UMBC computer science graduate students now gain an introduction to quantum algorithms in the required core course CMSC-641 Design and Analysis of Algorithms.  Professor Alan T. Sherman and his colleagues–including Professors Sam Lomonaco (computer science) and Linda Oliva (education)—are piloting a two-week unit on quantum algorithms.  With support from a Hrabowski Innovation Fund award, the team created six modules, each comprising a video, hands-on activities, and readings.  Using the flipped classroom, students watch the videos before coming to class prepared to engage actively in programming the QUIRK quantum circuit simulator and the IBM Q quantum computer using the Qiskit software development kit.

Quantum algorithms running on quantum computers offer the potential to solve complex problems with dramatically reduced execution time and energy consumption. For example, Shor’s quantum algorithm for factoring integers runs in polynomial time, faster than any known algorithm for classical computers. Shor’s algorithm offers the future potential to break the widely-used RSA cryptosystem. Whereas classical computers use discrete 1’s and 0’s to perform calculations, quantum computers use Q-bits, which involve complex numbers and can simultaneously be 0 or 1.

Based on quantum physics, quantum computers operate in a strange universe that includes the curious and potentially useful effects of superposition and entanglement. In pursuit of transformative potential advantages, government and private industry are investing significantly in quantum computer technologies.  All computer science students need to know about these vital emerging technologies.

Whereas there exist full courses in quantum computation or quantum algorithms, Sherman’s innovation is to develop a two-week unit focused sharply on quantum algorithms targeted at computer science graduate students.  The unit highlights three quantum algorithms: Deutsch-Jozsa, Simon, and Shor. To keep the unit manageable within 15 hours of work per week per student, the unit focuses sharply on background sufficient to understand the fundamentals of these three algorithms.

Additional members of the team include graduate students Marc Laczin and Siddharth Chandrasekaran, and Dr. Omar Shehab (IBM), a former Ph.D. student of Dr. Lomonaco.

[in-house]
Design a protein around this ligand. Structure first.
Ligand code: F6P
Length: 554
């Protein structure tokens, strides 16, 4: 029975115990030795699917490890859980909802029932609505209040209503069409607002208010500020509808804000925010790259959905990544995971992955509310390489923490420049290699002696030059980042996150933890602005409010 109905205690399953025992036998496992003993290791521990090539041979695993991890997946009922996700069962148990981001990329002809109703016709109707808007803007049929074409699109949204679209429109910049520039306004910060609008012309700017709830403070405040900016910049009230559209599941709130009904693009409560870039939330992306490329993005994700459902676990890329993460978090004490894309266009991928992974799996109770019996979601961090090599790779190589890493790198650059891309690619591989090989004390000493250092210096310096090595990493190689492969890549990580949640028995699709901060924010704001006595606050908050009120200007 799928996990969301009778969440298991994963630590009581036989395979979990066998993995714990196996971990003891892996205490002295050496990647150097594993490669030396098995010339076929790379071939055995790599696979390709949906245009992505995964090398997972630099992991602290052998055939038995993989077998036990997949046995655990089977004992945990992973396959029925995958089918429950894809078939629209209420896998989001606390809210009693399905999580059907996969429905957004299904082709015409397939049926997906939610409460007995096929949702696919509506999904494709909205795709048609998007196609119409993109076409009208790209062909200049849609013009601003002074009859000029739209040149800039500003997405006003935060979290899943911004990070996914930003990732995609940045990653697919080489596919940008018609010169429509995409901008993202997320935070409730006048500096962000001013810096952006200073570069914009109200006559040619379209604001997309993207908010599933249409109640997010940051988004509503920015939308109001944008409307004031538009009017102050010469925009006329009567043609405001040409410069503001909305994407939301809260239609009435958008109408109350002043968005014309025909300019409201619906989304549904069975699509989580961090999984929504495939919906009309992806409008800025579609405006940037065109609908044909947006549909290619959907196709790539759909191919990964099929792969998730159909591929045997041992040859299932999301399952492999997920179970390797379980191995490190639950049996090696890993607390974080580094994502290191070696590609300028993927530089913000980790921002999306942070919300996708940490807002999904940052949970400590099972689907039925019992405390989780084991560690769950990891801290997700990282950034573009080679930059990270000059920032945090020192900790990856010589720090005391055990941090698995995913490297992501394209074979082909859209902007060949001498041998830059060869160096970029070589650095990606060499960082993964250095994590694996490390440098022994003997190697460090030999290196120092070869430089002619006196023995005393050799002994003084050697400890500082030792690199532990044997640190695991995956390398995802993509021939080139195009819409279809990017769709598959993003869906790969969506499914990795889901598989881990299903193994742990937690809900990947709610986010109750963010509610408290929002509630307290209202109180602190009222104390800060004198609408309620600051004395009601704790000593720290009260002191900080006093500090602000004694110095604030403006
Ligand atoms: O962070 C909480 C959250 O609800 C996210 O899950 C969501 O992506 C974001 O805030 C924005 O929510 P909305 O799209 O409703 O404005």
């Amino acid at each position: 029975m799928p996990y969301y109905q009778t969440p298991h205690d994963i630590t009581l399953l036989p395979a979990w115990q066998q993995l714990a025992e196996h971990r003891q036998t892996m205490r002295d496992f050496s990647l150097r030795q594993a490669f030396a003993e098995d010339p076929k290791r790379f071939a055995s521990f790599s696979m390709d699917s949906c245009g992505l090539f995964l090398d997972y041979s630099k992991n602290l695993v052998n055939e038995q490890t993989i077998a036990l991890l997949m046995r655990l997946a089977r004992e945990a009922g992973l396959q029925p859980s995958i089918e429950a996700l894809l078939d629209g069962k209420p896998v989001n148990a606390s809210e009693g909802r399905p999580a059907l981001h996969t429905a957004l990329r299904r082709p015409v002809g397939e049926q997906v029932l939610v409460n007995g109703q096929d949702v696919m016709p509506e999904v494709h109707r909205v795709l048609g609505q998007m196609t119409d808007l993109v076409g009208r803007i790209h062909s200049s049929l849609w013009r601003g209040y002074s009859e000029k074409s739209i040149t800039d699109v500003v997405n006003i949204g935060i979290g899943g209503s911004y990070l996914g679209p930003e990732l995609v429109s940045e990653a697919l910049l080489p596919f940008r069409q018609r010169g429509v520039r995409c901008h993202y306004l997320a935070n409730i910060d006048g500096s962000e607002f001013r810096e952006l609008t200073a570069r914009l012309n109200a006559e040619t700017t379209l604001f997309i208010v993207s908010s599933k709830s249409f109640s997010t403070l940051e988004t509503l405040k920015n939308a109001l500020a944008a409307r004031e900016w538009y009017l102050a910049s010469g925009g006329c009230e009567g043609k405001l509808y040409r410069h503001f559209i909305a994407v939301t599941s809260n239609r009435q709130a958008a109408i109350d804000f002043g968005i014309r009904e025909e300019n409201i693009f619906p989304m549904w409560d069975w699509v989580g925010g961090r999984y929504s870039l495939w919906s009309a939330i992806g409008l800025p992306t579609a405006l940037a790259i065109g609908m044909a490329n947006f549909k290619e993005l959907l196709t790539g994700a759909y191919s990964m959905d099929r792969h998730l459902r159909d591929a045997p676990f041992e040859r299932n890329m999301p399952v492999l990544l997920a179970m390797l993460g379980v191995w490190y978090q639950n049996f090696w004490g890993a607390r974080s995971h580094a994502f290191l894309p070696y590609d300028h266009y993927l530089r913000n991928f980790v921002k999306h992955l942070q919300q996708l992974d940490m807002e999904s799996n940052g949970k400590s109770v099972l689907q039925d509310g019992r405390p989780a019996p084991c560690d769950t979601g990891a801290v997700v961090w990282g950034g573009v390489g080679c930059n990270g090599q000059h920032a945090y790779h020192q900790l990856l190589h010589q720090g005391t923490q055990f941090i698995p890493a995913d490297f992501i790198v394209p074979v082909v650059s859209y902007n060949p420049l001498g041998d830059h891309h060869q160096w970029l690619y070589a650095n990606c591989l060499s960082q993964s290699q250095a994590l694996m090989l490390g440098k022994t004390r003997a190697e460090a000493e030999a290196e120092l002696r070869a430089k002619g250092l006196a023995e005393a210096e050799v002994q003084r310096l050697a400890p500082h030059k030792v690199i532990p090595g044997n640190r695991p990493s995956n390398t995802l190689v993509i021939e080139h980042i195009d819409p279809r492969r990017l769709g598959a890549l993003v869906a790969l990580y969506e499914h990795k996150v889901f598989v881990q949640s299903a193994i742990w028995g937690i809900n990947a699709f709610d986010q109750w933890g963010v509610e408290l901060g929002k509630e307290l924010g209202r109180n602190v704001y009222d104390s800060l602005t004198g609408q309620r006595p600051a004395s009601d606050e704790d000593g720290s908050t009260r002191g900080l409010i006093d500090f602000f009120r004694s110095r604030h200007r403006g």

UMBC grad students present new ideas at GEARS Ideathon: 9 April 2021


11:30-1:30 Friday, April 9, 2021

GEARS, UMBC’s Graduate Experience, Achievements, and Research Symposium, bring you its first-of-a-kind event IDEATHON that invites graduate students to describe how new or existing problems can be better tackled by using their new idea. Participants will present their ideas to the jury and fellow graduate students in UMBC.  You can participate either individually or in a group of up to three people.

This event will highlight your creative skills and the uniqueness of your idea, which can be social, environmental, IT technology, medical field related, etc. These ideas can be real or hypothetical. You create a three-minute presentation showcasing your idea and how unique it is. Up to $1000 in prize money will be available for the winning ideas. All the participants are eligible for a free UMBC logo Mask, and the first ten participants will get a chance to win UMBC merchandise T-shirts.

Sign up here.

We welcome all department’s graduate students to come to participate and celebrate Graduate week with us on the event day i.e.  9th April 2021. For any queries contact Sulabh Sharma (+14438504311, ) or Jhansi Sankaramaddi (+14109006743, )

CSEE alum Balaji Vishwanathan’s robotics company featured in Forbes

Balaji Vishwanathan, CEO of Invento Robotics, with Mitra, its flagship robot. Image: Hemant Mishra for Forbes India

Balaji Vishwanathan (MS ’07) startup company Invento Robotics is featured in Forbes India magazine